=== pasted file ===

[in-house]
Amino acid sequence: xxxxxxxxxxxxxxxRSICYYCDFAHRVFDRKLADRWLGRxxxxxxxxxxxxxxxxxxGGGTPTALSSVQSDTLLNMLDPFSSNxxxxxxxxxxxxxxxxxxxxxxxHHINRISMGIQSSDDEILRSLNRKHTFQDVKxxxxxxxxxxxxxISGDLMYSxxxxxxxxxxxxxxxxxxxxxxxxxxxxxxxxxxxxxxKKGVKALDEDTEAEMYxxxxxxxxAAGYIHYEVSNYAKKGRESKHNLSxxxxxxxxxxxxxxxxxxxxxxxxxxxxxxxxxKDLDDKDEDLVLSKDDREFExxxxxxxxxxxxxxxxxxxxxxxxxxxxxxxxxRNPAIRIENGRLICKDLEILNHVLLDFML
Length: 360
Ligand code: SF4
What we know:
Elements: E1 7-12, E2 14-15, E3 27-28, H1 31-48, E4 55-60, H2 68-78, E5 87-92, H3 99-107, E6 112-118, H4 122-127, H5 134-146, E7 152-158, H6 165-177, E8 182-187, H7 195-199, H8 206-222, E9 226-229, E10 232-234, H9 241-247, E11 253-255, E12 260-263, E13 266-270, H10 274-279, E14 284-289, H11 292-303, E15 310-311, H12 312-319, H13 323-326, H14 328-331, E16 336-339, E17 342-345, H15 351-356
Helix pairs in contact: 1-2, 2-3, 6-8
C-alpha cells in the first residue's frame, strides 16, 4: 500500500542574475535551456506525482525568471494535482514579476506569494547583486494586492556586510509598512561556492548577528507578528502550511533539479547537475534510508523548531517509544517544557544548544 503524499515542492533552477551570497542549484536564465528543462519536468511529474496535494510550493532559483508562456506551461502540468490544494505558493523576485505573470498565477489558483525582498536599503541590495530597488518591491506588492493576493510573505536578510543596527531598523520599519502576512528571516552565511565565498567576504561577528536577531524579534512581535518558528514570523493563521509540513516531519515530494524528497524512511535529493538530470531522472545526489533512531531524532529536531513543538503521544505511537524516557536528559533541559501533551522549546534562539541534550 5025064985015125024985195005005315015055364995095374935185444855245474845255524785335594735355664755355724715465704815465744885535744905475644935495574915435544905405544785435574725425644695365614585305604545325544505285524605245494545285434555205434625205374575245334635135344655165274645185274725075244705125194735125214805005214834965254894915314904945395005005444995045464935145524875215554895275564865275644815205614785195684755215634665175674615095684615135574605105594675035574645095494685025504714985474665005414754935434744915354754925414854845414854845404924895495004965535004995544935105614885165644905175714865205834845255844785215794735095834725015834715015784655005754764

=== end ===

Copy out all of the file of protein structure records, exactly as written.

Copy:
[in-house]
Amino acid sequence: xxxxxxxxxxxxxxxRSICYYCDFAHRVFDRKLADRWLGRxxxxxxxxxxxxxxxxxxGGGTPTALSSVQSDTLLNMLDPFSSNxxxxxxxxxxxxxxxxxxxxxxxHHINRISMGIQSSDDEILRSLNRKHTFQDVKxxxxxxxxxxxxxISGDLMYSxxxxxxxxxxxxxxxxxxxxxxxxxxxxxxxxxxxxxxKKGVKALDEDTEAEMYxxxxxxxxAAGYIHYEVSNYAKKGRESKHNLSxxxxxxxxxxxxxxxxxxxxxxxxxxxxxxxxxKDLDDKDEDLVLSKDDREFExxxxxxxxxxxxxxxxxxxxxxxxxxxxxxxxxRNPAIRIENGRLICKDLEILNHVLLDFML
Length: 360
Ligand code: SF4
What we know:
Elements: E1 7-12, E2 14-15, E3 27-28, H1 31-48, E4 55-60, H2 68-78, E5 87-92, H3 99-107, E6 112-118, H4 122-127, H5 134-146, E7 152-158, H6 165-177, E8 182-187, H7 195-199, H8 206-222, E9 226-229, E10 232-234, H9 241-247, E11 253-255, E12 260-263, E13 266-270, H10 274-279, E14 284-289, H11 292-303, E15 310-311, H12 312-319, H13 323-326, H14 328-331, E16 336-339, E17 342-345, H15 351-356
Helix pairs in contact: 1-2, 2-3, 6-8
C-alpha cells in the first residue's frame, strides 16, 4: 500500500542574475535551456506525482525568471494535482514579476506569494547583486494586492556586510509598512561556492548577528507578528502550511533539479547537475534510508523548531517509544517544557544548544 503524499515542492533552477551570497542549484536564465528543462519536468511529474496535494510550493532559483508562456506551461502540468490544494505558493523576485505573470498565477489558483525582498536599503541590495530597488518591491506588492493576493510573505536578510543596527531598523520599519502576512528571516552565511565565498567576504561577528536577531524579534512581535518558528514570523493563521509540513516531519515530494524528497524512511535529493538530470531522472545526489533512531531524532529536531513543538503521544505511537524516557536528559533541559501533551522549546534562539541534550 5025064985015125024985195005005315015055364995095374935185444855245474845255524785335594735355664755355724715465704815465744885535744905475644935495574915435544905405544785435574725425644695365614585305604545325544505285524605245494545285434555205434625205374575245334635135344655165274645185274725075244705125194735125214805005214834965254894915314904945395005005444995045464935145524875215554895275564865275644815205614785195684755215634665175674615095684615135574605105594675035574645095494685025504714985474665005414754935434744915354754925414854845414854845404924895495004965535004995544935105614885165644905175714865205834845255844785215794735095834725015834715015784655005754764